The State of Learning Disabilities: Facts, Trends and Indicators


This comprehensive look at learning disabilities
(LD), neurologically based disorders that include diagnoses like dyslexia, exposes
two truths. First, confusion about and misidentification of LD—a problem we
over a decade ago—persists, though improved instruction and
intervention have helped curb the number of identifications over the last ten
years (also illustrated in a more recent Fordham study).
Second, there’s still a dearth of up-to-date research on how to support students
with bona fide LD and improve their educational outcomes. The paper reports
some familiar facts—boys are more likely to be identified as having LD, as are
minority students, and those in poverty or unemployed (the study also collected
data on the adult LD population). Further, students with LD are, on average,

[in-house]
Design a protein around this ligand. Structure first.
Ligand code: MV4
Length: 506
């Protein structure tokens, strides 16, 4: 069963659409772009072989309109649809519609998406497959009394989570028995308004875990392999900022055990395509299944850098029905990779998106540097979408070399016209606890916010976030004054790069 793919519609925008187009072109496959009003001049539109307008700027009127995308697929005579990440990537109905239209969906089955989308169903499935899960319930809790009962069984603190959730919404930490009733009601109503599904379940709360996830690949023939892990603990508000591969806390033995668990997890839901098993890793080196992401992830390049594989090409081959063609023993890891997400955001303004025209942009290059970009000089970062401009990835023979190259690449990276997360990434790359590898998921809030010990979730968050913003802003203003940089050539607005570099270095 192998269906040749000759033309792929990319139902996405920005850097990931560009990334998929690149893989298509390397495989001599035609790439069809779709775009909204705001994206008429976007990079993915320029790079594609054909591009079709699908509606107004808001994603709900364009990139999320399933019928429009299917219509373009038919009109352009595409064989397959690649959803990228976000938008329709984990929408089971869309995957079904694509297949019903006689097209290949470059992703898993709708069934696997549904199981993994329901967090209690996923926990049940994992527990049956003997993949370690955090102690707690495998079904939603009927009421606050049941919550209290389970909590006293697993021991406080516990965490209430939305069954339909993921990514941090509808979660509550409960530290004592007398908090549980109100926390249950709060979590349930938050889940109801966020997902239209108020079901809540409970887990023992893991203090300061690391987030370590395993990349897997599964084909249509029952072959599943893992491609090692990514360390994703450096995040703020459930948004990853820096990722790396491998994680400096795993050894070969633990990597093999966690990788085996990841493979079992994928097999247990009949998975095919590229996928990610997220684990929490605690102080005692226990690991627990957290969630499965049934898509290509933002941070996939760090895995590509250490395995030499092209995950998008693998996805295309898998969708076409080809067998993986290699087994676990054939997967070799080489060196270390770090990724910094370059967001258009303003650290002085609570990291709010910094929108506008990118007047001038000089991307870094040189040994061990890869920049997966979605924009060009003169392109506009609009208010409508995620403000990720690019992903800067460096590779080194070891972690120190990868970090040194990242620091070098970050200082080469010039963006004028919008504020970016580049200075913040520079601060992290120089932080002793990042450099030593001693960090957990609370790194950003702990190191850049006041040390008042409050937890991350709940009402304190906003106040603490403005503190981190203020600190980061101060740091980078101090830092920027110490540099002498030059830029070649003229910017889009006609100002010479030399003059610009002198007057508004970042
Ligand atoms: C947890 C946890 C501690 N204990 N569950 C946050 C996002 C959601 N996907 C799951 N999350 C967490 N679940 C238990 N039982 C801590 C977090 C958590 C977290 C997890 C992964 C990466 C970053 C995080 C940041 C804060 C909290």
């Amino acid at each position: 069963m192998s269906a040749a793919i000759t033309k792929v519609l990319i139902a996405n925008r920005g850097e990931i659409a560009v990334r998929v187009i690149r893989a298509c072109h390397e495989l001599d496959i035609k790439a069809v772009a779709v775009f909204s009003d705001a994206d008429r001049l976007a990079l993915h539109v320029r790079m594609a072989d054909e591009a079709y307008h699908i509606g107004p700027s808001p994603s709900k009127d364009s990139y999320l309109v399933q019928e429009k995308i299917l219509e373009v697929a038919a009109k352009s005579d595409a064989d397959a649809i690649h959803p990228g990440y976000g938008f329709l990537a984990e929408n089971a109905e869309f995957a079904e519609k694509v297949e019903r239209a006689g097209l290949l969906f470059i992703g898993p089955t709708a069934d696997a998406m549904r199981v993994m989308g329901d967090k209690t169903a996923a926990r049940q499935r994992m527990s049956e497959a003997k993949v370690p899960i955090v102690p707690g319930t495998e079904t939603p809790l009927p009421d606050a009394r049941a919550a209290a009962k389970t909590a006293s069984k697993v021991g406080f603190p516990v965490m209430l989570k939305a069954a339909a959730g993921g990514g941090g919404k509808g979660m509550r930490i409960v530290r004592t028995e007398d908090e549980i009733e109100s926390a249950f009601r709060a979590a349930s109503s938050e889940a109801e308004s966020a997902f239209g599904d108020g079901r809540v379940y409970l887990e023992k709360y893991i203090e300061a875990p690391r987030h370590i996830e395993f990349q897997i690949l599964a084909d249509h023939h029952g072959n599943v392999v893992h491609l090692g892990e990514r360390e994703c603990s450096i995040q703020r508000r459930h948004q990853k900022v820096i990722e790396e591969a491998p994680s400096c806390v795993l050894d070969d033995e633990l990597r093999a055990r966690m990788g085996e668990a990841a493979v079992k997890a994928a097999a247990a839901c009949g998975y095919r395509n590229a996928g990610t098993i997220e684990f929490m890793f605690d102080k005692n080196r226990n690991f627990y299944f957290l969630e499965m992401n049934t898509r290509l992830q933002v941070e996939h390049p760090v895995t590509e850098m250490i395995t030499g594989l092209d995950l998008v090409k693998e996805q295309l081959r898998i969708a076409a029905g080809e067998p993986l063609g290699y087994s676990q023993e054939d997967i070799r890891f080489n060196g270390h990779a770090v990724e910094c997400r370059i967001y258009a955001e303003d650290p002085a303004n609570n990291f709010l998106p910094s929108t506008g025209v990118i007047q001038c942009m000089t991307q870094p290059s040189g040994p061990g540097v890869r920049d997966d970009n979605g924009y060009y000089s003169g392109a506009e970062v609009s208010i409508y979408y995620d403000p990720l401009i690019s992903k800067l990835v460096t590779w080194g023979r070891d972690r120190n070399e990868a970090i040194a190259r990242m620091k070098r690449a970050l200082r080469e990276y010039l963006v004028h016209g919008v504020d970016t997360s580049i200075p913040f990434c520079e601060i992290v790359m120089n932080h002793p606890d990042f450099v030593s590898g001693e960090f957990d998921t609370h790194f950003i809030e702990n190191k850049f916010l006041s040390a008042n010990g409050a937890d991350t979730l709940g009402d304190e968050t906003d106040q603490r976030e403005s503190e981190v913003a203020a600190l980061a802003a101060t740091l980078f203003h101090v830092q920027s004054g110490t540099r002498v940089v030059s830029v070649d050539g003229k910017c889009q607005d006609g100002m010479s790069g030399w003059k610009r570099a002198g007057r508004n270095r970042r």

3.4 years behind their grade level in reading and 3.2 years behind in math. The
biennial report also furnishes many less-familiar stats. Notably, while the
percentage of students with LD receiving a high school diploma increased from
52 to 64 percent from 2000 to 2009 (and dropouts fell from 40 to 22 percent),
only 10 percent of all students with LD enroll in a four-year college. In
addition, students with LD rarely use technologies to help moderate their
disabilities: Just 6 percent learn with computers more frequently than their
classmates and a mere 1 percent use software designed for students like
themselves. Better and more targeted hardware and software may hold one key to
further improving graduation and college-going rates—and doing so in a cost-effective

Candace Cortiella, The
State of Learning Disabilities: Facts, Trends and Indicators
(New York,
NY: National Center for Learning Disabilities, 2011).

Janie Scull
Janie Scull is a Research Analyst and Production Manager at the Thomas B. Fordham Institute